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Mile High Morning: Inside former Broncos GM Ted Sundquist's virtual reality football project


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For young football players, especially quarterbacks, there's nothing more important than reps of live action. However, those reps can be few and far between unless they're firmly in a starting role.

Former Broncos general manager Ted Sundquist, though, has a project that might help fill in that gap to give young players opportunities to get playing experience in virtual reality, as the Gazette’s George Stoia writes.

"QBSIM is a virtual reality simulator to help quarterbacks — and nearly all football players — train without taking a hit, essentially giving players live, game-speed reps to fine tune their skills without having to be on a football field," Stoia wrote. "And it's quickly gaining the attention of high school recruits, colleges like Alabama and even the NFL, including the Broncos."

The technology, which was designed by a combination of former NFL players and software engineers, places the user virtually into any stadium via a virtual reality headset. From there, a play is chosen and, if you're the quarterback, you step up and snap the ball just by picking it up. As you drop back and throw in real time, you can scan the field to make your reads before throwing. The ball is then tracked by the software, which will tell you whether the pass was caught or not, or whether it was intercepted.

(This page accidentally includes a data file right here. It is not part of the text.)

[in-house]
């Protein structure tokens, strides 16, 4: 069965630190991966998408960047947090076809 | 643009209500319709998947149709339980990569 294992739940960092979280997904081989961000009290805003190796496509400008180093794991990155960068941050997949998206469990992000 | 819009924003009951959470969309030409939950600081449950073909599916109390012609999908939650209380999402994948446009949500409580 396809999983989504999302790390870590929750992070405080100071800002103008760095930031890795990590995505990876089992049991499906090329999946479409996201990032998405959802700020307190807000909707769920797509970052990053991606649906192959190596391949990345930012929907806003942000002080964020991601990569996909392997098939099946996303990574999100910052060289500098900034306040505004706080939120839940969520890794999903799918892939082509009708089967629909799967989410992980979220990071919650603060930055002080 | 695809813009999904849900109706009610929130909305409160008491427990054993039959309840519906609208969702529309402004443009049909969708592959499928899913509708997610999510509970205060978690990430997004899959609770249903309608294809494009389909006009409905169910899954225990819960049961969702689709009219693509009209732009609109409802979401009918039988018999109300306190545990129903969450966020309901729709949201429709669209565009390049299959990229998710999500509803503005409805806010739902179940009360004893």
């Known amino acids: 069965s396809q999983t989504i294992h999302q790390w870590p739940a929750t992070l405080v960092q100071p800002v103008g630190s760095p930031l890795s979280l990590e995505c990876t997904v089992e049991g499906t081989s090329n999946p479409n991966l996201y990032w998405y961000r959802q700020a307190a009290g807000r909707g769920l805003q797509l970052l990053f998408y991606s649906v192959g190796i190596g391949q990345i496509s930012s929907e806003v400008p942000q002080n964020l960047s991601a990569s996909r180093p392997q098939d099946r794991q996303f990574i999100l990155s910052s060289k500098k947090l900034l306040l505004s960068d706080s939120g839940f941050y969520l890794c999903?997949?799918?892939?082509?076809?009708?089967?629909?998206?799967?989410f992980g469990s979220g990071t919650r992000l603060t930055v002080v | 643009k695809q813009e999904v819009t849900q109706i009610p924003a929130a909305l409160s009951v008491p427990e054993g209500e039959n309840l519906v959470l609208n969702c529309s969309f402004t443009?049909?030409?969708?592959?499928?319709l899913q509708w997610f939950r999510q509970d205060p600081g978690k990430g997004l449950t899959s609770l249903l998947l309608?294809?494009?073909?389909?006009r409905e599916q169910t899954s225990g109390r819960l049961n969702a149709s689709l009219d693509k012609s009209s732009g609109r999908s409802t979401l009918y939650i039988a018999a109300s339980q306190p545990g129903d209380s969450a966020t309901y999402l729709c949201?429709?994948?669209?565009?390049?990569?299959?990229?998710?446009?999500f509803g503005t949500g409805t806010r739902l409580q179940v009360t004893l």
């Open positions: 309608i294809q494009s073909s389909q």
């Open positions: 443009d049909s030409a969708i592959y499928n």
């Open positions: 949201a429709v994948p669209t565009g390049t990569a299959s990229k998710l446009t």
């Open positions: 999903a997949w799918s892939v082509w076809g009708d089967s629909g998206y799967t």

As Sundquist told Stoia, one of the goals is that the backup can remain active with meaningful reps through the season even if they hadn't had any since the fourth preseason game.

"[T]hat was frustrating as a personnel guy," Sundquist said. "So I'm thinking, what can I do to try to help this young player along in that developmental phase?"

An additional benefit is that players can gain experience without the risk of injury. And during the age of COVID-19, it could help avoid risk of illness, too.

Below the Fold

Asked to pick a bold prediction for the Broncos' offseason, ESPN’s Jeff Legwold stayed in-house. "He represents everything they say they want to do," Legwold wrote of Justin Simmons. "At some point, if a franchise continues to tell the players in the locker room they will be rewarded if they play great, are quality ambassadors in the community and are frontline leaders in the building, then the team actually has to show it with the checkbook.

The Unclassifieds

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